Shop Until Your 'Buddy' Drops

I never liked shopping at stores - or for that matter shopping at all! As simple corner grocery stores have closed and mega stores like Wal-Mart, Home Depot, etc. have taken their place, shopping hasn’t gotten any easier. Not having a photographic memory, if I’m doing the grocery shopping for our community there is always one item that I just can’t find and go searching in aisle after aisle for. Sometimes, even the store clerks are perplexed. Even if I managed to memorize locations of items, the store decides at times to rearrange that location - perhaps to get shoppers to go down other aisles. At times item locations make no sense at all. The signs at the end of the aisles prove useless, then again, who reads them anyway.

My elderly mother likes those low calorie flavored rice cakes. I have gone in different grocery stores in search of them for her. Now some grocery stores put those rice cakes in the snack aisle. Another store decides on the cereal section. And still another one locates them next to the bread. I gave up trying to find rice cakes at one grocery store. Have you had a similar frustration grocery shopping - I bet you have.

At times the dizzying array of selections on aisle shelves makes picking out what you want like finding a needle in a hay stack. I have spent more time than I would like to admit in the cereal aisle trying to find something as simple as a box of Raisin Brand. And forget about looking in the pharmacy section - so many little bottles or boxes with little print are crammed onto shelves that one develops a medical problem trying to find the medication to cure another medical problem.

So as you can see, I do not enjoy shopping - and large stores have only made it less enjoyable. But there may be hope for people like me - the Stop & Shop supermarket chain in partnership with IBM is trying a new technology in their New England supermarkets - the "Shopping Buddy," also know as the "Cart Companion." (cuesol.com) This is a wireless touch screen browser device that is attached to a shopping cart and delivers personalized services and incentives when activated with one’s frequent shopper card. Each cart also has a RFID (radio frequency identification tag) which triggers certain offers and can help shoppers find anything in the store and draw a path to find it. This technology is based on a two year study of what shoppers actually wanted as they shop. Here are some other helpful features of the Shopping Buddy:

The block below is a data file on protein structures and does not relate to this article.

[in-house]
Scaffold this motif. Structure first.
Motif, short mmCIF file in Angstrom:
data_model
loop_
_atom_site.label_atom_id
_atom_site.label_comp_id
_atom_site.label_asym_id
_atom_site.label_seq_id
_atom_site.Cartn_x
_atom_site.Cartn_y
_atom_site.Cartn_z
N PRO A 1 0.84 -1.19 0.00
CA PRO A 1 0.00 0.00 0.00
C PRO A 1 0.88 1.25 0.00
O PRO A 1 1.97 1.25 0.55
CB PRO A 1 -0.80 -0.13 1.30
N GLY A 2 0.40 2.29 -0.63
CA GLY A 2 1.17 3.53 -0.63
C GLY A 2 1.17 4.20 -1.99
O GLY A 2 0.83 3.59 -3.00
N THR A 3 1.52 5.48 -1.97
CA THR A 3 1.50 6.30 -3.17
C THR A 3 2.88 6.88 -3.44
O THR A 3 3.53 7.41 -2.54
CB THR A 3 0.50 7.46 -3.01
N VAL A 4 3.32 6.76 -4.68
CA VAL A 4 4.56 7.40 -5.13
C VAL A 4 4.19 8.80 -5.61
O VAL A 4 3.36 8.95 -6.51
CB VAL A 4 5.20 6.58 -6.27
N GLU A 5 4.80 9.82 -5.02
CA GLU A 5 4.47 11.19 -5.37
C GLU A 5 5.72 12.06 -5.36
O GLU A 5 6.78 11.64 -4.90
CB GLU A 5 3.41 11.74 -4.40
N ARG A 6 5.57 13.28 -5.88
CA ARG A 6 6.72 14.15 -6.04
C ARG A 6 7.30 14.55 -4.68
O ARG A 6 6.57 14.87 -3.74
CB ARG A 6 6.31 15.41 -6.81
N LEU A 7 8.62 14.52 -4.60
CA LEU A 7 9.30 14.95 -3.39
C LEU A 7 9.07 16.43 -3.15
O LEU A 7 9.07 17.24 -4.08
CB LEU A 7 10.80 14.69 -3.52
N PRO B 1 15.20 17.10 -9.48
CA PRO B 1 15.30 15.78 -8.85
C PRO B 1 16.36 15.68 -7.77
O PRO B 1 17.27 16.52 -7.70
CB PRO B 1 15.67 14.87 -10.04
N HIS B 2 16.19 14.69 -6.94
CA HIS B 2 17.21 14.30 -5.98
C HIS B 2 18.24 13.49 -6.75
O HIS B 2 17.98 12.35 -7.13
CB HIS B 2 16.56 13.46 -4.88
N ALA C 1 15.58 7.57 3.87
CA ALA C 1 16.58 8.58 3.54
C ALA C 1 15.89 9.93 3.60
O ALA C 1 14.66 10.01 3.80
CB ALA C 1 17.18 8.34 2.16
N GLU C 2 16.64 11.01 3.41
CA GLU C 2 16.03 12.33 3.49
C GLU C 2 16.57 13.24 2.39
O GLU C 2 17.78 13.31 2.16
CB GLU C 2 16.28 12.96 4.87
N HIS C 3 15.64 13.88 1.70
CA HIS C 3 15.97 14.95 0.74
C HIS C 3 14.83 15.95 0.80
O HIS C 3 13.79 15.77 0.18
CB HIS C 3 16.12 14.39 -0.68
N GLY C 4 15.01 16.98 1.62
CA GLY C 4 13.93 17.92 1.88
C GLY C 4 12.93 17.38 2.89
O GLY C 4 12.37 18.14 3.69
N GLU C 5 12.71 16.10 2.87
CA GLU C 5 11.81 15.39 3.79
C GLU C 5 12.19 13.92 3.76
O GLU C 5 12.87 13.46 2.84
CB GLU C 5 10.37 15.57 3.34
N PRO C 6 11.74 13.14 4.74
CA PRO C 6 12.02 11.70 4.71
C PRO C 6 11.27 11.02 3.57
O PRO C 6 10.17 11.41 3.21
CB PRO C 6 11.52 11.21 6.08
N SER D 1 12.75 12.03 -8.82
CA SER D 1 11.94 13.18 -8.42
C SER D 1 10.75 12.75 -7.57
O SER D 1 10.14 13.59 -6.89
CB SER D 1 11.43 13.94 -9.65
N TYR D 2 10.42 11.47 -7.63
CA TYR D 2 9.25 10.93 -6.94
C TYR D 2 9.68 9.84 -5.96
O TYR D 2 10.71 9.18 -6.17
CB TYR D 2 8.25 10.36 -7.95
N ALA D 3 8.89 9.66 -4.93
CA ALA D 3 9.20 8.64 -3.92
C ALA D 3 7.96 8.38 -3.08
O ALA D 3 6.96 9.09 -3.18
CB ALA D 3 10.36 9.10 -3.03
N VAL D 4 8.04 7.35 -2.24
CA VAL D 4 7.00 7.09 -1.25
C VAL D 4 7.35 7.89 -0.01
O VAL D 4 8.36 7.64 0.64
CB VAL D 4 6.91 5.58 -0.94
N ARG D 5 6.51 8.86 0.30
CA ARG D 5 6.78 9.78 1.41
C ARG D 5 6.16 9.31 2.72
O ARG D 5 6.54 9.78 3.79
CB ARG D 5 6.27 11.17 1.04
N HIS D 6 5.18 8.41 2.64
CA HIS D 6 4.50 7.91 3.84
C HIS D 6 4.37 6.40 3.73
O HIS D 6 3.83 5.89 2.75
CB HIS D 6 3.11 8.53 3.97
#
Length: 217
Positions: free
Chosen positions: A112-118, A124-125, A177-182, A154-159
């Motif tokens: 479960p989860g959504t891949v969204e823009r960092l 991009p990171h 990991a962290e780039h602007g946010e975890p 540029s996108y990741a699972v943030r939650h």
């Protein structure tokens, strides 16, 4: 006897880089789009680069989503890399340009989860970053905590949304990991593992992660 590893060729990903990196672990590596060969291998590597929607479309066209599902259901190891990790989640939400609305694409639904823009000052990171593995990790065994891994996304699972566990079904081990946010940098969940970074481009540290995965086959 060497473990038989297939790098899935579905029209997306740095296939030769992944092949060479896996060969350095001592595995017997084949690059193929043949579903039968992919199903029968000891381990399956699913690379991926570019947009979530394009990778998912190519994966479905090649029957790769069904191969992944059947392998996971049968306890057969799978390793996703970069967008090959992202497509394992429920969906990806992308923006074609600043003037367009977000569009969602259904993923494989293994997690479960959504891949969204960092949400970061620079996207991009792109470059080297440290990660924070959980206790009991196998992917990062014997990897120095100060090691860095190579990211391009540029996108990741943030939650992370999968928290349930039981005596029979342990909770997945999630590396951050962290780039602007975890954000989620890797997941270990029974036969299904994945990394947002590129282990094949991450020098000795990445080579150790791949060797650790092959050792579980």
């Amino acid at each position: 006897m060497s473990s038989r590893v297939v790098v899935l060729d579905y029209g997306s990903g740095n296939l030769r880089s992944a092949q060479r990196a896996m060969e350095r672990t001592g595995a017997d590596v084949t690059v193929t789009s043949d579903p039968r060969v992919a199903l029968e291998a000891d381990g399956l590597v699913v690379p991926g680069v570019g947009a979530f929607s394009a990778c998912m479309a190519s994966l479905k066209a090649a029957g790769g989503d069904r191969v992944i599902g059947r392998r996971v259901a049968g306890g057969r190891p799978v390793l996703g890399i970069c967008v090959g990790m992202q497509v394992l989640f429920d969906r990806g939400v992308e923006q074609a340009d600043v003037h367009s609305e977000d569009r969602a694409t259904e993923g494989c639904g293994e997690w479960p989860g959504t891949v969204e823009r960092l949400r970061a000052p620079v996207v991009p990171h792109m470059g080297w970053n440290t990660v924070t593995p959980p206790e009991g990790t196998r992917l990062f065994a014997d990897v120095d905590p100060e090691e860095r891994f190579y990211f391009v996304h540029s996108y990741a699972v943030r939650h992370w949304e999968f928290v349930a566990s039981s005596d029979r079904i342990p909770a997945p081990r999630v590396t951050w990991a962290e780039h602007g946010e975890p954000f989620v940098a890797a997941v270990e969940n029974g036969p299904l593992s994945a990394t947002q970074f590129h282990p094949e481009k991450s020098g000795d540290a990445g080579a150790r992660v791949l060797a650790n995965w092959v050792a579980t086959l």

Based on your frequent shopper card, your buying history and favorite items are available in real time as you shop. Even better, you also have the ability to download your shopping list at home from the store website or email it to the website and download it into the Shopping Buddy at the store to eliminate the need for carrying that famous scrawled grocery list on a piece of paper.

Can’t find an item? A graphical product locator oriented to your exact location in the store will guide you to it. Need to get those ingredients in a hurry for some last minute turkey stuffing from scratch recipe before Thanksgiving? The Shopping Buddy can show you the recipe according to grocery store aisle location for quick shopping.

As you shop, you can scan in each item. The Shopping Buddy will keep a running total of how much you are spending so you won’t be surprised at checkout. Actually scanning items yourself will eliminate the need to wait in line at the check-out. You can also check the price of each item before you buy it.